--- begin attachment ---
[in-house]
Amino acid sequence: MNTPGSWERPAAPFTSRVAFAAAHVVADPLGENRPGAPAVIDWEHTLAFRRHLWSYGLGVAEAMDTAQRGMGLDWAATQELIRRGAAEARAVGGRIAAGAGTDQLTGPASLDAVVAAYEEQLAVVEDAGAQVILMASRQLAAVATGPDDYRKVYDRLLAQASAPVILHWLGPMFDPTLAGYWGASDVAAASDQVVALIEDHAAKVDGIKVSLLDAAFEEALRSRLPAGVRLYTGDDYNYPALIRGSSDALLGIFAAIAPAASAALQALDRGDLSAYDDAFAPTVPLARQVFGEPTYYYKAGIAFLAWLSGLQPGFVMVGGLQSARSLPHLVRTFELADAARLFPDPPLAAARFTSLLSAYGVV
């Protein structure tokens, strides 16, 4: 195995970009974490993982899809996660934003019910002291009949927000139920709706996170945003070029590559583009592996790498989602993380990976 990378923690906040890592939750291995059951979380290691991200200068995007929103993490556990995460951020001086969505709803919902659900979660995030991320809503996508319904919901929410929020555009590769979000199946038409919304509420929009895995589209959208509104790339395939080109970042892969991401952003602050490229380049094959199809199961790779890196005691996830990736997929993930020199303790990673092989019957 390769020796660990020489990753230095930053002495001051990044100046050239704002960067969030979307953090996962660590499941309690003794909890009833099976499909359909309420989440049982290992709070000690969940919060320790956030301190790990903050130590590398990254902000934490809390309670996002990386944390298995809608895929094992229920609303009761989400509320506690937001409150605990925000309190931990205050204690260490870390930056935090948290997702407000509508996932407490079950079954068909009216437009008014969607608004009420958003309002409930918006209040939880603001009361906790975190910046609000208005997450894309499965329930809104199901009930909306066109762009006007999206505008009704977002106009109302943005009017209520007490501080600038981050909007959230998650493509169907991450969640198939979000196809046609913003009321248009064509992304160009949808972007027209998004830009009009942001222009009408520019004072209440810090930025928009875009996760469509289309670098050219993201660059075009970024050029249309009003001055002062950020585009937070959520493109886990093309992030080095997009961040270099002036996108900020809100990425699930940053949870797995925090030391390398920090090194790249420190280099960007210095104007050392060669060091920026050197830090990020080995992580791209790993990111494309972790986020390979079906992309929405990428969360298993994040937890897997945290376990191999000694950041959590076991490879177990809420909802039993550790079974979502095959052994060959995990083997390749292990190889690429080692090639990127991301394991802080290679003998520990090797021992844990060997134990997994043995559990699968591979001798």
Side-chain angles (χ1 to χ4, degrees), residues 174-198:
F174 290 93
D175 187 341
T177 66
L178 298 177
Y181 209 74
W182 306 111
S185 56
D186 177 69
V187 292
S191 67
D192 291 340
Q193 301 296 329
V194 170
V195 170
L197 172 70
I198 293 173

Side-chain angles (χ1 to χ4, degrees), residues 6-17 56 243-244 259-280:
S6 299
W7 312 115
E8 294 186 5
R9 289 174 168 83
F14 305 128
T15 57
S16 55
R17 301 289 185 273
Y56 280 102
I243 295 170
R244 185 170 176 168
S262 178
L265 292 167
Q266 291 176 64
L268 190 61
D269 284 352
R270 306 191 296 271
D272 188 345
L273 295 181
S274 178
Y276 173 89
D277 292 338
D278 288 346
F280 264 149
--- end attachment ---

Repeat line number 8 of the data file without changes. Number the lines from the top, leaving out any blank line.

L178 298 177